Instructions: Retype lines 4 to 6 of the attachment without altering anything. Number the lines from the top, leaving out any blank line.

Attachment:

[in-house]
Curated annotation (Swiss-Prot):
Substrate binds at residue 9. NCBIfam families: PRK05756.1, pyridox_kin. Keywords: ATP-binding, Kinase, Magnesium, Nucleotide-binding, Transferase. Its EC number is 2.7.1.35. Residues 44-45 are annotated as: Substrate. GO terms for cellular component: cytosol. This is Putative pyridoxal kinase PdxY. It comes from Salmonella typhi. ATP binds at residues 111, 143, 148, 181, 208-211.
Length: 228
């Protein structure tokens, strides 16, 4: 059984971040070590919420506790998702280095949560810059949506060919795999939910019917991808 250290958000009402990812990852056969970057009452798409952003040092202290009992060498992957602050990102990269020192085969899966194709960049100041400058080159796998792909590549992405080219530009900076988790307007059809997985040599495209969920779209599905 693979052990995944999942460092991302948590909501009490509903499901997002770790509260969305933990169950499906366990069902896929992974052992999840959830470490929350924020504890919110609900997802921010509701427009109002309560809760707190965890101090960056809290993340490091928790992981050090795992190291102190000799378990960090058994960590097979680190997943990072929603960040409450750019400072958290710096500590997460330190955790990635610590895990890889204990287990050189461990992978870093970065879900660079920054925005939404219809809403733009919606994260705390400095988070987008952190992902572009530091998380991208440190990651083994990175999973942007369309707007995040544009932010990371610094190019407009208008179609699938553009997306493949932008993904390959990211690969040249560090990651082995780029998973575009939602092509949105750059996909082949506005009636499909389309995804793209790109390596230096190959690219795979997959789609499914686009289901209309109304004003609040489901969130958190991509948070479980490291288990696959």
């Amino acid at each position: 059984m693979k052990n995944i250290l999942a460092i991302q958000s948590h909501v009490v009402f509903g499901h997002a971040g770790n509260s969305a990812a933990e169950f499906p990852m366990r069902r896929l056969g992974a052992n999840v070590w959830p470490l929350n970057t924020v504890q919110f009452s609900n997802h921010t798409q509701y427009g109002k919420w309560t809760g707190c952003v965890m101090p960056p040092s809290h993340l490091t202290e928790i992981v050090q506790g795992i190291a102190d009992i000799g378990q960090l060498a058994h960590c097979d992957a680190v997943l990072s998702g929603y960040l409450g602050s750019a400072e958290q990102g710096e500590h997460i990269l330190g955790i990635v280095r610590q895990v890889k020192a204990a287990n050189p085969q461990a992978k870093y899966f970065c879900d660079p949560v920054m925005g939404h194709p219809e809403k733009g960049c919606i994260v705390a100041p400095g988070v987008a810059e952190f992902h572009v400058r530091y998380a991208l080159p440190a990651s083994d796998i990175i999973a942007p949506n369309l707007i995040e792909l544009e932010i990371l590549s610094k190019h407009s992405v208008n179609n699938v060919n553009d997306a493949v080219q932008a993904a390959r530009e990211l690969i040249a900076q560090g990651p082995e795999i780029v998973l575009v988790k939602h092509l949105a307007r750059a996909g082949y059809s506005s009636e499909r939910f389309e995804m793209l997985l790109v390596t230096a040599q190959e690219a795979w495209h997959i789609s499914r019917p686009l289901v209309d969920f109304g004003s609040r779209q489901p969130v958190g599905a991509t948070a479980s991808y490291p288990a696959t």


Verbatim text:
Length: 228
């Protein structure tokens, strides 16, 4: 059984971040070590919420506790998702280095949560810059949506060919795999939910019917991808 250290958000009402990812990852056969970057009452798409952003040092202290009992060498992957602050990102990269020192085969899966194709960049100041400058080159796998792909590549992405080219530009900076988790307007059809997985040599495209969920779209599905 693979052990995944999942460092991302948590909501009490509903499901997002770790509260969305933990169950499906366990069902896929992974052992999840959830470490929350924020504890919110609900997802921010509701427009109002309560809760707190965890101090960056809290993340490091928790992981050090795992190291102190000799378990960090058994960590097979680190997943990072929603960040409450750019400072958290710096500590997460330190955790990635610590895990890889204990287990050189461990992978870093970065879900660079920054925005939404219809809403733009919606994260705390400095988070987008952190992902572009530091998380991208440190990651083994990175999973942007369309707007995040544009932010990371610094190019407009208008179609699938553009997306493949932008993904390959990211690969040249560090990651082995780029998973575009939602092509949105750059996909082949506005009636499909389309995804793209790109390596230096190959690219795979997959789609499914686009289901209309109304004003609040489901969130958190991509948070479980490291288990696959």
């Amino acid at each position: 059984m693979k052990n995944i250290l999942a460092i991302q958000s948590h909501v009490v009402f509903g499901h997002a971040g770790n509260s969305a990812a933990e169950f499906p990852m366990r069902r896929l056969g992974a052992n999840v070590w959830p470490l929350n970057t924020v504890q919110f009452s609900n997802h921010t798409q509701y427009g109002k919420w309560t809760g707190c952003v965890m101090p960056p040092s809290h993340l490091t202290e928790i992981v050090q506790g795992i190291a102190d009992i000799g378990q960090l060498a058994h960590c097979d992957a680190v997943l990072s998702g929603y960040l409450g602050s750019a400072e958290q990102g710096e500590h997460i990269l330190g955790i990635v280095r610590q895990v890889k020192a204990a287990n050189p085969q461990a992978k870093y899966f970065c879900d660079p949560v920054m925005g939404h194709p219809e809403k733009g960049c919606i994260v705390a100041p400095g988070v987008a810059e952190f992902h572009v400058r530091y998380a991208l080159p440190a990651s083994d796998i990175i999973a942007p949506n369309l707007i995040e792909l544009e932010i990371l590549s610094k190019h407009s992405v208008n179609n699938v060919n553009d997306a493949v080219q932008a993904a390959r530009e990211l690969i040249a900076q560090g990651p082995e795999i780029v998973l575009v988790k939602h092509l949105a307007r750059a996909g082949y059809s506005s009636e499909r939910f389309e995804m793209l997985l790109v390596t230096a040599q190959e690219a795979w495209h997959i789609s499914r019917p686009l289901v209309d969920f109304g004003s609040r779209q489901p969130v958190g599905a991509t948070a479980s991808y490291p288990a696959t």